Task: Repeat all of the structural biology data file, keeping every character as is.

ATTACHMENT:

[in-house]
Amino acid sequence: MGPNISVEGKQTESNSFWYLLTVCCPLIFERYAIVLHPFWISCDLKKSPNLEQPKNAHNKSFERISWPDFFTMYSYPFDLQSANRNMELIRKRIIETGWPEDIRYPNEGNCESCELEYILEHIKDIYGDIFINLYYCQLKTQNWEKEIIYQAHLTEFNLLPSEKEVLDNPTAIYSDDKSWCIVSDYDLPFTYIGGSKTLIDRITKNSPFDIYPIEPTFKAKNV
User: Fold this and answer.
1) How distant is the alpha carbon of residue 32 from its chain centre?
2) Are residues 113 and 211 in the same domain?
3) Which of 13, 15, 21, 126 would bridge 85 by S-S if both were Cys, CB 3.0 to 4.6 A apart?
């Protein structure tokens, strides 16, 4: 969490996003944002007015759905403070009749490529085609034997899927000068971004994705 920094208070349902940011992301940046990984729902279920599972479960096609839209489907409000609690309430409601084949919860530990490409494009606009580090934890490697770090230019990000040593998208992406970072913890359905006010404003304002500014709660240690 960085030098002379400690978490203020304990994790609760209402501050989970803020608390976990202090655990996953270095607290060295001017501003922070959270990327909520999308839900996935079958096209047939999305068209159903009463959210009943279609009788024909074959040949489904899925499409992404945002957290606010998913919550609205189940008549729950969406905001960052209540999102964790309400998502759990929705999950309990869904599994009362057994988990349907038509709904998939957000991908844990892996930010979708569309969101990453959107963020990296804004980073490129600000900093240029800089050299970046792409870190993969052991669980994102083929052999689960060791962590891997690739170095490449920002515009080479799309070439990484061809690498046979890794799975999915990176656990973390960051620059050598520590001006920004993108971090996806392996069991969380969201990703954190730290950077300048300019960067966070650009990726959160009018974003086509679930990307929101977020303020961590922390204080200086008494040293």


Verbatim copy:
[in-house]
Amino acid sequence: MGPNISVEGKQTESNSFWYLLTVCCPLIFERYAIVLHPFWISCDLKKSPNLEQPKNAHNKSFERISWPDFFTMYSYPFDLQSANRNMELIRKRIIETGWPEDIRYPNEGNCESCELEYILEHIKDIYGDIFINLYYCQLKTQNWEKEIIYQAHLTEFNLLPSEKEVLDNPTAIYSDDKSWCIVSDYDLPFTYIGGSKTLIDRITKNSPFDIYPIEPTFKAKNV
User: Fold this and answer.
1) How distant is the alpha carbon of residue 32 from its chain centre?
2) Are residues 113 and 211 in the same domain?
3) Which of 13, 15, 21, 126 would bridge 85 by S-S if both were Cys, CB 3.0 to 4.6 A apart?
């Protein structure tokens, strides 16, 4: 969490996003944002007015759905403070009749490529085609034997899927000068971004994705 920094208070349902940011992301940046990984729902279920599972479960096609839209489907409000609690309430409601084949919860530990490409494009606009580090934890490697770090230019990000040593998208992406970072913890359905006010404003304002500014709660240690 960085030098002379400690978490203020304990994790609760209402501050989970803020608390976990202090655990996953270095607290060295001017501003922070959270990327909520999308839900996935079958096209047939999305068209159903009463959210009943279609009788024909074959040949489904899925499409992404945002957290606010998913919550609205189940008549729950969406905001960052209540999102964790309400998502759990929705999950309990869904599994009362057994988990349907038509709904998939957000991908844990892996930010979708569309969101990453959107963020990296804004980073490129600000900093240029800089050299970046792409870190993969052991669980994102083929052999689960060791962590891997690739170095490449920002515009080479799309070439990484061809690498046979890794799975999915990176656990973390960051620059050598520590001006920004993108971090996806392996069991969380969201990703954190730290950077300048300019960067966070650009990726959160009018974003086509679930990307929101977020303020961590922390204080200086008494040293």